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Thursday, December 4, 2014

Humor 101

Darkness and Light d. 12.14

           Recently, a close friend of mine told me that I had to stop writing such somber
and grim posts.  What that did, in fact, was lead me to wonder if I had actually been converted to a somber and grim person. Can you change affiliations that easily? I certainly would not have said so a couple of years ago. Now, I wonder.

           I love to laugh. I love the laugh-until-your-eyes-run and you stand in a pretzel twist to avoid having an accident.  (Almost any woman over fifty with several children can attest to this form of laughter – as can any observant male, for that matter).  I like to laugh at things that may not always be funny to everyone else. Thank heavens my children get my humor or what a befuddled mess our lives might have been.  My dearest friends, those new to the fold, and those who helped build the fold, have seen my laughter roll out of me at the least provocation. And, what’s more, we can get ourselves worked up to rollicking hilarity by reliving whatever the precipitating factor had been, simply by remembering it years later.  We also seem to forget what started us on our laughing fit in the first place. That, alone, can leave us gasping for air.
         Thanksgiving offered a discussion that could never be transcribed in such a way that it could deliver the same comic effect as it did when my three children were batting around an idea casually, as if playing catch. We did laugh.  It became raucous laughter when my son, in a style I can only describe as Billy Crystalesque, wrote a clever little jingle to further advance the topic into our Thanksgiving hilarity. Their father was puzzled, then frustrated, and finally (I surmised) angry because, admittedly, the theme under scrutiny — which was death -- was probably not common fare for conversation during Thanksgiving dinner.  But after all, even the Baird had quite a lot to say about death, and comically at that. Laughter prevailed at our Thanksgiving table.  While some may have found it maudlin or ghoulish to shine a light of comedy on death, why not? The more we fear something, the more power it holds over us.  There are times my daughters and son seem fearless as they navigate through their lives. I admire that. I also respect that they seem to understand that death is the other side of the coin of life and to find humor     in unexpected places is not necessarily bizarre, but liberating.
          The last couple of years have been unusually trying.  My plans and dreams seemed to have taken a detour I least expected.  However, I feel like I have been bringing my humor with me as I recalibrate my life.  An example comes to mind immediately. A few years ago, when I was in Spaulding Rehab (after two hip replacements), I felt a keen kinship with one of my nurses in particular.  Her, name, Amanda Darling, seemed remarkably fitting for a young woman who was as kind as she was smart. Amanda had the ability to take a moment that may have seemed distressing and even agonizing to make a small joke or offer a quick smile.  She was the nurse that found me upon admittance with a pair of ice-water soaked underpants on my head.   (An aside: the ambulance crew pretty much dropped me off on the transport from Newton-Wellesley Hospital to Spaulding. I am not sure if they actually stopped the ambulance. I was beyond miserable.  I could do nothing about my hip or my back, but my head! It was my MacGyver-like solution at the time to slide my hand into the bedside table drawer so I wouldn’t have to move any part of me.  I pulled out whatever I felt first, dropped whatever it was into the ice water on my tray, squeezed it out, then placed it on my head.  I realized that by adjusting the cloth just so, the damnable light was dimmed).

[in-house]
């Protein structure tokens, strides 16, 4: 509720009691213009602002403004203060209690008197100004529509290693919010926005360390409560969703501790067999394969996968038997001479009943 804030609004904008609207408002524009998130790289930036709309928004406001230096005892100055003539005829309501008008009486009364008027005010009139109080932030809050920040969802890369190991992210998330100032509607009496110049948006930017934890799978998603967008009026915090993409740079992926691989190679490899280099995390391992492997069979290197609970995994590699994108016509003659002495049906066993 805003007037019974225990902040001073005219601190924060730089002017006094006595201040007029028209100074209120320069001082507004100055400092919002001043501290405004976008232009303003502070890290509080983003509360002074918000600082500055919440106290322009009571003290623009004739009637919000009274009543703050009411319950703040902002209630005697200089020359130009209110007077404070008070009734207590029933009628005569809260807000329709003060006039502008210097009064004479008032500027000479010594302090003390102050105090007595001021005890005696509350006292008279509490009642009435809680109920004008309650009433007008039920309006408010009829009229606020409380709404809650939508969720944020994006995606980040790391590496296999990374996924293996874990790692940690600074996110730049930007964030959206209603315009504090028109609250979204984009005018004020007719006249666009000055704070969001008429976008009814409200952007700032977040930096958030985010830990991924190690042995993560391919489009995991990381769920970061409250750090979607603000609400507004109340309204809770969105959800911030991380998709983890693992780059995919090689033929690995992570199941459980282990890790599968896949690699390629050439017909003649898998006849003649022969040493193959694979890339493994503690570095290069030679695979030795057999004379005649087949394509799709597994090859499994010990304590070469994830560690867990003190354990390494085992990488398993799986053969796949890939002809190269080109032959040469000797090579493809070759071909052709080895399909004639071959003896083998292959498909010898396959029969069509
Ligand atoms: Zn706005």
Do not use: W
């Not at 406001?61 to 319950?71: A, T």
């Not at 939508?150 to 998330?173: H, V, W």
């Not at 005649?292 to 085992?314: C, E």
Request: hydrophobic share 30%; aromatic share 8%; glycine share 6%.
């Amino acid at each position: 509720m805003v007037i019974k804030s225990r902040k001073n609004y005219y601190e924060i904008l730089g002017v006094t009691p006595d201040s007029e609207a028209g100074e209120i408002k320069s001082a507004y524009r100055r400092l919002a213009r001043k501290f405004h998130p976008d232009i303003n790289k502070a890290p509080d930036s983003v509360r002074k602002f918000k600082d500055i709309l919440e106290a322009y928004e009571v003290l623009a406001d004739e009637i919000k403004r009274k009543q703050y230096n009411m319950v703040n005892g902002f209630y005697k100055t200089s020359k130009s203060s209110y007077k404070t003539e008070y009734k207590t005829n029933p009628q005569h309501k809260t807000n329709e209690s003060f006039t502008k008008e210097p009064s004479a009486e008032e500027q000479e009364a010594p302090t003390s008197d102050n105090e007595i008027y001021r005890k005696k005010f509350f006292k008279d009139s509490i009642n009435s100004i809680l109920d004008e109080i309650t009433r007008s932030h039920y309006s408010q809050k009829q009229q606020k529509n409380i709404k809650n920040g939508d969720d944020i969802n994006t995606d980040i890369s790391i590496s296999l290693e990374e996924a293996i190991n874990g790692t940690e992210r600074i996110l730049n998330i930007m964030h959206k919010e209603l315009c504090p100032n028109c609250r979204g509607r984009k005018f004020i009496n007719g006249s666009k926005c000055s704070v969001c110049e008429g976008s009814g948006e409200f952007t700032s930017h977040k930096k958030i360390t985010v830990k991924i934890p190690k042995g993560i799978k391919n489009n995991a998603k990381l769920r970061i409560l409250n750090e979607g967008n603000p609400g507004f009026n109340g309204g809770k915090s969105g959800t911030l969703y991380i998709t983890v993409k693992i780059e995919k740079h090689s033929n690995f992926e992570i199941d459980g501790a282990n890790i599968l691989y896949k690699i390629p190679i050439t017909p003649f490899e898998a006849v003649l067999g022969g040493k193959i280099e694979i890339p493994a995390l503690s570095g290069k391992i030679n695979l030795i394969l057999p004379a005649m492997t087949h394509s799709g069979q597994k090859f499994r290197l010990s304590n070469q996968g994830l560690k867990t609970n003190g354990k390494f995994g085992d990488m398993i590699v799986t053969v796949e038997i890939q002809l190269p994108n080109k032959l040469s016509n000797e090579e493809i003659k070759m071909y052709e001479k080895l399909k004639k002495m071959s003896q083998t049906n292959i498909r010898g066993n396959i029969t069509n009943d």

It was under these conditions that I heard a sweet empathetic voice, “So, I hear you have a little headache,” she said.  The ambulance drive and drug schedule had resulted in one of the worst migraines of my life. It hurt too much to vomit. I was sure I had entered some kind of hell. But Amanda, with her gentle gibe, almost made me laugh. She handed me a little white cup filled with pills and down they went. They even stayed down. She came back in about twenty minutes and I let her take my underpants away to dry. I still laugh at the image. The ability to find humor in the unexpected is, perhaps the key to survival.  My parents advice to me about longevity in a marriage had always been patience, forgiveness, and, of most importance, humor.

          Quite frankly, I do not think I could have weathered some of life’s recent trials
without mystery books, hot baths, large cups of peppermint tea, vistas of ocean against canvases of sky, unwavering friends holding my hand, my children, chocolate, and, of course, humor as a tool in my toolkit .

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